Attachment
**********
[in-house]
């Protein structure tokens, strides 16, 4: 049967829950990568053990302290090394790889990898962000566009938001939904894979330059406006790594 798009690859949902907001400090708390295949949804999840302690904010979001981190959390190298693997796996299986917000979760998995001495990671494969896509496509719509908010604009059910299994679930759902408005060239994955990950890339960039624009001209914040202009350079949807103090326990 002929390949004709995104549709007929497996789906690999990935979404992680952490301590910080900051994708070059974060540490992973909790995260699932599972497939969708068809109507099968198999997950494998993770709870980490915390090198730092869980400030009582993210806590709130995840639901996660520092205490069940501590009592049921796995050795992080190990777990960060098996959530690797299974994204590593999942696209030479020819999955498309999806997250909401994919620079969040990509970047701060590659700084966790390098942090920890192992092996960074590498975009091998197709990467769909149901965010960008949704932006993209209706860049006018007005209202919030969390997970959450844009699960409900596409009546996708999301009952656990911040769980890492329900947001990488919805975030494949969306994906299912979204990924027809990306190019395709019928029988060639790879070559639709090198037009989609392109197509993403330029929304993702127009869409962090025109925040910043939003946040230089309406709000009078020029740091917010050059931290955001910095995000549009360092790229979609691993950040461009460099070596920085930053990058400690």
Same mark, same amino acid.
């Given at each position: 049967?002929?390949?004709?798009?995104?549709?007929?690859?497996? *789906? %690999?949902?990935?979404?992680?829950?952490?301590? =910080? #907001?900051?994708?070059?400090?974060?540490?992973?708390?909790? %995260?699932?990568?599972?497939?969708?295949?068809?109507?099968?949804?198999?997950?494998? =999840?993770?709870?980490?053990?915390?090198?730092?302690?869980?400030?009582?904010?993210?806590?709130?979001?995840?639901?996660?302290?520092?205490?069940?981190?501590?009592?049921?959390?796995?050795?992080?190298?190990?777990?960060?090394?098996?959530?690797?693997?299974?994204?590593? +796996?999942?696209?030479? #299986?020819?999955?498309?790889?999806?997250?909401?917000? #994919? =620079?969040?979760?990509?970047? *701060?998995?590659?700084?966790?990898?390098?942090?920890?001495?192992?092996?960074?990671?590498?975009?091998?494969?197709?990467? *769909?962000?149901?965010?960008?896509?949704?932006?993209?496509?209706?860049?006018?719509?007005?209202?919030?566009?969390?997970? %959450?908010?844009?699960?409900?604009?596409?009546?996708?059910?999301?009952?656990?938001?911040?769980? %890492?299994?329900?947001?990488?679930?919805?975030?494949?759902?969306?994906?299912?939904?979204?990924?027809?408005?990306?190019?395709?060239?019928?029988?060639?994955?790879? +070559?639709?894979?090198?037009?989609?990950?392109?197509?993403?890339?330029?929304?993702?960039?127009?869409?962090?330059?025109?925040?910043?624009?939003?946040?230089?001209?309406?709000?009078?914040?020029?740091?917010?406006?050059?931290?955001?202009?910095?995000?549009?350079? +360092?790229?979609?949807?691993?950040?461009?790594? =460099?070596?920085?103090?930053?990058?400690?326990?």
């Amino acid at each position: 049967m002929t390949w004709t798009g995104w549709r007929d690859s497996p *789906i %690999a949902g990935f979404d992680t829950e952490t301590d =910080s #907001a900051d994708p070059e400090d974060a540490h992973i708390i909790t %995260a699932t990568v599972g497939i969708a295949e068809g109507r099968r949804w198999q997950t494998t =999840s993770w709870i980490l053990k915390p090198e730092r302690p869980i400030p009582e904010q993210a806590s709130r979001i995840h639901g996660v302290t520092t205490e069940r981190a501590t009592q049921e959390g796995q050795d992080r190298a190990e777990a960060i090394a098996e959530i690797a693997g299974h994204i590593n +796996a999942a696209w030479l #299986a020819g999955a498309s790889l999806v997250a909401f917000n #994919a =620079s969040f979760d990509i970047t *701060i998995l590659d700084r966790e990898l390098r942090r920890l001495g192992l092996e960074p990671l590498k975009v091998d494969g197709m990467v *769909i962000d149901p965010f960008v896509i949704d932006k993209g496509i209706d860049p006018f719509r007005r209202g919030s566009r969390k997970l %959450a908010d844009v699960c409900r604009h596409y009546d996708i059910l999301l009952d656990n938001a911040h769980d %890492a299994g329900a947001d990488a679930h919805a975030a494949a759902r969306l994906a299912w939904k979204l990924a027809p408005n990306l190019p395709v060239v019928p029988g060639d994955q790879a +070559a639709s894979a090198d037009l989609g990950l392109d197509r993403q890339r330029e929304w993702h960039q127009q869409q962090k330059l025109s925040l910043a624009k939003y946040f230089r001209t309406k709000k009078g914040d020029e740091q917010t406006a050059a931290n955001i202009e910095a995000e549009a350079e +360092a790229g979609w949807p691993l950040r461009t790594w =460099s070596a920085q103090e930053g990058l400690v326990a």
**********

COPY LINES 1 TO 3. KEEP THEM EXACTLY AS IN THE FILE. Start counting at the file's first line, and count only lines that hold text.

[in-house]
């Protein structure tokens, strides 16, 4: 049967829950990568053990302290090394790889990898962000566009938001939904894979330059406006790594 798009690859949902907001400090708390295949949804999840302690904010979001981190959390190298693997796996299986917000979760998995001495990671494969896509496509719509908010604009059910299994679930759902408005060239994955990950890339960039624009001209914040202009350079949807103090326990 002929390949004709995104549709007929497996789906690999990935979404992680952490301590910080900051994708070059974060540490992973909790995260699932599972497939969708068809109507099968198999997950494998993770709870980490915390090198730092869980400030009582993210806590709130995840639901996660520092205490069940501590009592049921796995050795992080190990777990960060098996959530690797299974994204590593999942696209030479020819999955498309999806997250909401994919620079969040990509970047701060590659700084966790390098942090920890192992092996960074590498975009091998197709990467769909149901965010960008949704932006993209209706860049006018007005209202919030969390997970959450844009699960409900596409009546996708999301009952656990911040769980890492329900947001990488919805975030494949969306994906299912979204990924027809990306190019395709019928029988060639790879070559639709090198037009989609392109197509993403330029929304993702127009869409962090025109925040910043939003946040230089309406709000009078020029740091917010050059931290955001910095995000549009360092790229979609691993950040461009460099070596920085930053990058400690």
Same mark, same amino acid.